'Josh Hamilton' photo (c) 2008, Keith Allison - license: http://creativecommons.org/licenses/by-sa/2.0/Every year, MLB.com puts together a game called Free Agent Frenzy. The rules are simple: predict where players will sign. The winner will get Opening Day tickets. I’ve always enjoyed this game, as I have interest in trying to figure out the plans of certain teams. You may have guessed by now, but we’ll be going through my Free Agent Frenzy picks and why. For those that want to play, the link is above. This is one of the more difficult years for my participation in the game, as there doesn’t really seem to be an obvious lock in the bunch.

Michael Bourn – I’m going to go with the Giants here in a bit of a surprise. Yes, Angel Pagan did well for San Francisco, but Bourn is a cut above. The Giants are dropping significant money this season and will drop even more after 2013 when Barry Zito and Tim Lincecum expire. They have plenty of money and need to make sure their offense continues to win games for pitching. Adding a dynamic speed threat at the top of the lineup makes a lot of sense for the Giants.

Zack Greinke – The Angels make the most sense to me here. The club gave up a young, cost-controllable hitter in Jean Segura for Greinke’s services at the trade deadline. L.A. is moving to cut ties with Dan Haren and Ervin Santana, which will open up a gaping hole in the rotation. But given those two pitchers coming off the books, they also have an ability to bring Greinke back for significant dollars. All indications show that Greinke — a creature of habit — enjoyed California, and there’s no other contender that can offer the same amount of money, location and a hands-off media.

Josh HamiltonThe Marlins. Look, to sign Hamilton to a long-term deal, the right team has to come along. It has to be a team that’s concerned about its publicity, has money to burn, an obvious need in the outfield and a history of somewhat irrational decisions. The Marlins fulfill all three more than any other team. After the disappointment of their inaugural season in Miami, the club will want to recapture some momentum. The only stumbling block to Hamilton in Miami is just how miserly owner Jeffrey Loria is with the pursestrings. After last year, will he quickly abandon his attempts to make baseball relevant in Miami, or will he not be deterred?

Kyle Lohse – Dan Duquette strikes here for the Orioles. Baltimore needs pitching depth and preferably a veteran that can help anchor the top of the rotation as the youngsters come along. After a fantasy season, Baltimore is relevant in the free-agent circles, but they won’t be able to sign the premier pitcher on the market in Greinke. Lohse is their next best bet, and given Duquette’s history as well as his necessity in keeping the momentum moving in Baltimore, they won’t be as gunshy about Lohse’s age and post-St. Louis Cardinals career and will pay what it takes.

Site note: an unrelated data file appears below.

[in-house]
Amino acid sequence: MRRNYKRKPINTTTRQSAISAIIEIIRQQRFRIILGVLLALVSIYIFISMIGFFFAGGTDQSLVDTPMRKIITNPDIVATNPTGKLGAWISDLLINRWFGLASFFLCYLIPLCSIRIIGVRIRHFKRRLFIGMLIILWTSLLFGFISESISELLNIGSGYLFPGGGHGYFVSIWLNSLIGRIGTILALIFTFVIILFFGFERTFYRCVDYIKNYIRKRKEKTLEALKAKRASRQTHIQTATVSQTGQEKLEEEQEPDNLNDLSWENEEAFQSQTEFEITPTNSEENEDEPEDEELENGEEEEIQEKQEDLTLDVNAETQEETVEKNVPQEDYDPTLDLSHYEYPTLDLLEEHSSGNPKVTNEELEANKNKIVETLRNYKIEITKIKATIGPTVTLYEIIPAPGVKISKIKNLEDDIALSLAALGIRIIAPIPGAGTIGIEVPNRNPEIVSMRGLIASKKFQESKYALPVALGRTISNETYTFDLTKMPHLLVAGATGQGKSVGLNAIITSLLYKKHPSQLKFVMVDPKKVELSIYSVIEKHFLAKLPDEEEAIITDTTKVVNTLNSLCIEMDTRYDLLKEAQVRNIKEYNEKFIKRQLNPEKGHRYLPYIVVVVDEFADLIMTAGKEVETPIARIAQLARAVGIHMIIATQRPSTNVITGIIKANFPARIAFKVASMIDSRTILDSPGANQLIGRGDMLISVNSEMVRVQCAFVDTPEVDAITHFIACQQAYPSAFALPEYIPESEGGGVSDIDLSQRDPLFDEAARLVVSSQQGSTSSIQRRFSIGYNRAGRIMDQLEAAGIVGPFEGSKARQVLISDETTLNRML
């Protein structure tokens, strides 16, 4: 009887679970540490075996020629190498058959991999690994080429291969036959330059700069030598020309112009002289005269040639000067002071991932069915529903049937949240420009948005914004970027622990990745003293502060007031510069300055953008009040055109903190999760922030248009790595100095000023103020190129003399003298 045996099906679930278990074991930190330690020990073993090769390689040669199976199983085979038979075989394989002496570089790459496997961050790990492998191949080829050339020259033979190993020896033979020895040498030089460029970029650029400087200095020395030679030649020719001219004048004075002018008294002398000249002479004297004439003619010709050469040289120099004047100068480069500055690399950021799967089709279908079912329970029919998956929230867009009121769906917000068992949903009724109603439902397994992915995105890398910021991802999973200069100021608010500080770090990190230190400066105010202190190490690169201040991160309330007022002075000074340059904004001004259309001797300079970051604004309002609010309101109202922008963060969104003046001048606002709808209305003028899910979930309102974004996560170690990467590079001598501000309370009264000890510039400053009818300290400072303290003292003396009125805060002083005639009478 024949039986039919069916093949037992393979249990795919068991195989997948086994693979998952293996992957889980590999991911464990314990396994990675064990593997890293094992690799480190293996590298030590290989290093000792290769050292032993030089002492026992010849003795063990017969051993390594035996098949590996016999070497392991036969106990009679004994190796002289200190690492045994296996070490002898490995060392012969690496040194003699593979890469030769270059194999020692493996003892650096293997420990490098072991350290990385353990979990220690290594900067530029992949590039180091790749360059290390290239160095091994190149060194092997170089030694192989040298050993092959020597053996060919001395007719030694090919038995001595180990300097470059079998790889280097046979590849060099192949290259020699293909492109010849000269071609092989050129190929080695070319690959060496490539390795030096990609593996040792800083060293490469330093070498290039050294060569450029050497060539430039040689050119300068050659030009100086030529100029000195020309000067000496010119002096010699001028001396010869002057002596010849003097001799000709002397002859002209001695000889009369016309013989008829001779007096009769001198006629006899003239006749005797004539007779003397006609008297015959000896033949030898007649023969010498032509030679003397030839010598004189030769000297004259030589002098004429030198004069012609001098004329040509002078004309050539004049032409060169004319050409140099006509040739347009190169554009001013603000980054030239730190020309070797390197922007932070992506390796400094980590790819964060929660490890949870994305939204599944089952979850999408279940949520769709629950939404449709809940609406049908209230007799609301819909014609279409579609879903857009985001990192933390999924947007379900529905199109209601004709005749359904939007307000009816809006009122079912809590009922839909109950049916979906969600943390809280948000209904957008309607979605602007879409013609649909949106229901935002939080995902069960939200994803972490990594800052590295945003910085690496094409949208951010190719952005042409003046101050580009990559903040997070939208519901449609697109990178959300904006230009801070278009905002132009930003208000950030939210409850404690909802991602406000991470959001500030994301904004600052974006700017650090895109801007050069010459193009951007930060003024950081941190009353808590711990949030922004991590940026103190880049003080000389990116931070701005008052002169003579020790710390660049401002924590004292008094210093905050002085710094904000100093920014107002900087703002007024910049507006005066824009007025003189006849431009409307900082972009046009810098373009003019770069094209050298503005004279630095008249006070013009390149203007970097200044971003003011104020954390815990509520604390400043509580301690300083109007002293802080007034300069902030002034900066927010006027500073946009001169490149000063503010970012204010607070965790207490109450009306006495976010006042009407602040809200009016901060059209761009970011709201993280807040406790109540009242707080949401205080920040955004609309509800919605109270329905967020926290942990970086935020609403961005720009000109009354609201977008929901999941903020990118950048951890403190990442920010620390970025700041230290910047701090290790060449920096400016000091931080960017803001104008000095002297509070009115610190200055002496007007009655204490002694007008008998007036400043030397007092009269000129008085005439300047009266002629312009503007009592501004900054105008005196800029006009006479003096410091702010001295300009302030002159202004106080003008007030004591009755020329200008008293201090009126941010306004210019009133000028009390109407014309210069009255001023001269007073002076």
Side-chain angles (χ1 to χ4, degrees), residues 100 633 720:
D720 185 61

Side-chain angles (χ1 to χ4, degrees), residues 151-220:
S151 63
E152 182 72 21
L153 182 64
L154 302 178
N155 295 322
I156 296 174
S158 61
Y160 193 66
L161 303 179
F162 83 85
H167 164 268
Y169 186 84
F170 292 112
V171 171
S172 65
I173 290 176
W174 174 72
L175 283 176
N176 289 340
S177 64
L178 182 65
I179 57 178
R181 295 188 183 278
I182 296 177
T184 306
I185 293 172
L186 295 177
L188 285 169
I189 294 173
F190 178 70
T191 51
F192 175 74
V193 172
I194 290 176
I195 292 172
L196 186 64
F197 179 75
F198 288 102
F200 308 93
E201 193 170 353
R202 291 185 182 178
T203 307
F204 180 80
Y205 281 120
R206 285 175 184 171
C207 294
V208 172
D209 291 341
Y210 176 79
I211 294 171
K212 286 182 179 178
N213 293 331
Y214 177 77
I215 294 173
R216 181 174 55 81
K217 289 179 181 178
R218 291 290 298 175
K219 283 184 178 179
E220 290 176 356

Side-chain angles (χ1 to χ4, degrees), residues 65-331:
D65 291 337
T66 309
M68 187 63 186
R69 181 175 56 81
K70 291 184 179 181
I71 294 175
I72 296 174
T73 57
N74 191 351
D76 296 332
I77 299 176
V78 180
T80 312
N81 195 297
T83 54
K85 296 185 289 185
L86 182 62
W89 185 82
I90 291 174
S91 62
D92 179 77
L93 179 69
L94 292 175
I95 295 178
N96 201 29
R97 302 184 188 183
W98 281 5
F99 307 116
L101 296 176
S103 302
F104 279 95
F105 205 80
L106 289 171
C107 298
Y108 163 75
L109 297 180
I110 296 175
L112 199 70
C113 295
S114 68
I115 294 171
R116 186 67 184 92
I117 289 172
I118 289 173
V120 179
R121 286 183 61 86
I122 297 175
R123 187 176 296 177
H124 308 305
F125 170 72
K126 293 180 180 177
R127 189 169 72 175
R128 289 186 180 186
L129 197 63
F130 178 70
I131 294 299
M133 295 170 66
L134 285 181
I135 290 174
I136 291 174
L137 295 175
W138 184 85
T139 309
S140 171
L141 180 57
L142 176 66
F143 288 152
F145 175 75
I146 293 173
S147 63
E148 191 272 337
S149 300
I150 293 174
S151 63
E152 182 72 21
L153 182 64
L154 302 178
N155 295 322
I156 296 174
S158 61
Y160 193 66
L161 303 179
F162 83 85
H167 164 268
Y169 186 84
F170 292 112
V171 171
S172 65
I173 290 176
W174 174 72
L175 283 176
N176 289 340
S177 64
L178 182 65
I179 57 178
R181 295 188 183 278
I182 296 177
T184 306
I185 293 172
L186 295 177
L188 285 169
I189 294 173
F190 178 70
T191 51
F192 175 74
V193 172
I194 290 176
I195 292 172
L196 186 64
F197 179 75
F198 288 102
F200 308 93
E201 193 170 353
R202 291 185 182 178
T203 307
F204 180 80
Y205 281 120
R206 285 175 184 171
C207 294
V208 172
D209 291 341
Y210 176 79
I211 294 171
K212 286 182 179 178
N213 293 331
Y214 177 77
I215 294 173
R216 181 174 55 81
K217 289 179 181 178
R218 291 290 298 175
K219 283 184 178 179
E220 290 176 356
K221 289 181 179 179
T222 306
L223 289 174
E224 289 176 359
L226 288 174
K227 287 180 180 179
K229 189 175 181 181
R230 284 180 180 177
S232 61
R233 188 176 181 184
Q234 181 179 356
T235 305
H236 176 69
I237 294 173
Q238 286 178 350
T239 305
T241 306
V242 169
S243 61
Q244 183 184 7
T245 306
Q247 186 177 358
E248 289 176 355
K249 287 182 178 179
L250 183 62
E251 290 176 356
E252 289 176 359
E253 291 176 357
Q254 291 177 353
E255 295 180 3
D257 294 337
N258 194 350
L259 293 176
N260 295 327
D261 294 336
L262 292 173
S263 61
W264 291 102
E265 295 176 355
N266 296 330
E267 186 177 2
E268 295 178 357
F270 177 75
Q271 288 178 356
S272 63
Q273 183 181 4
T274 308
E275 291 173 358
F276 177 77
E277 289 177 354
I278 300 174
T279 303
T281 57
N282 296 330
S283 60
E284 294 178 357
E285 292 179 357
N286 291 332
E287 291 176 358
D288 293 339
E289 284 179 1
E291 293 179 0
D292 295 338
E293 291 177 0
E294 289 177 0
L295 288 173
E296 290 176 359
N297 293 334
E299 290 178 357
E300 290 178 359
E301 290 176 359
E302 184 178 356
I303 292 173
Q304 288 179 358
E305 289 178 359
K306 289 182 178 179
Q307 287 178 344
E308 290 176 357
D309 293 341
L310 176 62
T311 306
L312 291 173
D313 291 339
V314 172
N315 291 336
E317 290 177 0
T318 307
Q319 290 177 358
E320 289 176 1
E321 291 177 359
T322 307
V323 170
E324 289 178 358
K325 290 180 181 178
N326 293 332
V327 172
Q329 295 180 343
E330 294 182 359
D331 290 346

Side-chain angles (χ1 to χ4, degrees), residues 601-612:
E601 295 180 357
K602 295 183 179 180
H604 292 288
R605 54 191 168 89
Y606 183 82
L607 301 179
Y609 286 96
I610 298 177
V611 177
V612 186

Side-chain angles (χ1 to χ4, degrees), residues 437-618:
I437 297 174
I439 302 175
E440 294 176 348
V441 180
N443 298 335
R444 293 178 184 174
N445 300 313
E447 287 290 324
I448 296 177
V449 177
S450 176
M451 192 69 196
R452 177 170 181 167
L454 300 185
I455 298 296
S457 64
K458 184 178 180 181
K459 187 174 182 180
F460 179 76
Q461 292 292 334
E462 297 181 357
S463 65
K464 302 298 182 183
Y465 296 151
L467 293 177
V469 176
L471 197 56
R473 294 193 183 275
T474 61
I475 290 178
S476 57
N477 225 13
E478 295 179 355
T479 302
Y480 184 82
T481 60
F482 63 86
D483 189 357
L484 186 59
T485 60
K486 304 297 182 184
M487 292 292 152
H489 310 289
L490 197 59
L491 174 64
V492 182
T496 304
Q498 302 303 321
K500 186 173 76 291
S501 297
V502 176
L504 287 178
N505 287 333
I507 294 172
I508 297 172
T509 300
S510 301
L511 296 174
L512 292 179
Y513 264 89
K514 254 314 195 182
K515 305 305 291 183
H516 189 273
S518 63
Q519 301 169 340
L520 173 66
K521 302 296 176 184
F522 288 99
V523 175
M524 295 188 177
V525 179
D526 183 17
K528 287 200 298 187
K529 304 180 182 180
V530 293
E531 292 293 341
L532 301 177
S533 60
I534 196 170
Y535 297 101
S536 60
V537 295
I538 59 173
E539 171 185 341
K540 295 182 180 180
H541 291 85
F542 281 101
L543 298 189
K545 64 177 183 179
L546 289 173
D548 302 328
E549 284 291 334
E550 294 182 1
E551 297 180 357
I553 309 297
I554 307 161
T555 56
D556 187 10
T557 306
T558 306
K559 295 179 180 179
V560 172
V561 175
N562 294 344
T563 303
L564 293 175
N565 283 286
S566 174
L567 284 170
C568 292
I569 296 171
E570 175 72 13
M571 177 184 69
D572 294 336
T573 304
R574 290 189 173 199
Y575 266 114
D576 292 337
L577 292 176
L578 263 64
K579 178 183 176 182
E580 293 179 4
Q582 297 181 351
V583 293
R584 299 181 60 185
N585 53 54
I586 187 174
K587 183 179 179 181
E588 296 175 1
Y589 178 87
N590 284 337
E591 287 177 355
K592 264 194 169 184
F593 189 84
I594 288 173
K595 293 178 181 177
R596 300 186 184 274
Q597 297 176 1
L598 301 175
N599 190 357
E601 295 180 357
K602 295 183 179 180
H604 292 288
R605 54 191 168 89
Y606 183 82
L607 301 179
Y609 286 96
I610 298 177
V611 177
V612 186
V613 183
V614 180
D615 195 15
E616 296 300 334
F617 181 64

Mike Napoli – I just don’t see how the Rangers can let Napoli get away. They have zero catching depth without Napoli, and Geovany Soto does not count. Money isn’t an issue in Texas, and they already have to figure out their new outfield after Hamilton walks. Napoli is well within their price range and they already know him well. There’s a lack of available catching both in free agency and on the trade market. The Rangers need to pony up here for Napoli — he would be a bigger loss than Hamilton to the club, believe it or not.

Angel Pagan – In a thin free agent market, Pagan looks like he could get a decent haul — somewhere in the neighborhood of three years and $30 million. I think he’s a good fit for the Rays, but he’s probably priced himself out of Tampa’s market if he’ll land an offer in that range. Washington makes sense for center field, but only if Adam LaRoche doesn’t resign with the Nats to man first base, and that looks likely. The guess here is he heads to Philadelphia, who needs to fill multiple spots of need and needs to spread money around in their signings.

Jake Peavy – White Sox. Jake Peavy-decline-Kevin YoukilisBrett Myers-option”>Well, that was easy.

Nick Swisher – Swisher looks like he’s a goner in New York, so he’ll have to land elsewhere. But where? Swisher was actually the last person I assigned a team in the Frenzy, because I wasn’t sure what team would be in the market for him. There are several possible landing places I could see, including the Marlins, but with Hamilton in the fold, Swisher wouldn’t be an option. Instead, I’m tabbing the Mariners. It’s time for Seattle to start taking a step forward to contending, and reports that the team is up for sale only work in Swisher’s favor as the M’s will try to assemble a contender and make them attractive to buyers. Justin Smoak just may be finished in Seattle as a first baseman, while the outfield is a bit of a mess and could really use Swisher’s sock.

BJ Upton – Don’t sleep on the Brewers this season. They have some money to burn and a desire to stay contenders. While they also need to address their pitching depth, the biggest change they can make on offense is in center field. Upton is still a young player, so still has some upside and would provide Milwaukee with an additional power bat.

Delmon Young – The Phillies have a scattershot outfield, with no obvious starter at any position, anywhere. Given the Phillies’ proud resistance to statistics, Young’s OBP won’t scare them off. If anything, his postseason heroics will make GM Ruben Amaro’s ears perk up. Young could slot easily into the left field spot for the Phillies at reasonable dollars, ensuring money spent at other positions. I can also see Nick Swisher here, but the Phillies have multiple holes to fill, and Swisher would assume a big chunk of Philly’s available dollars.

What do you guys think of my picks?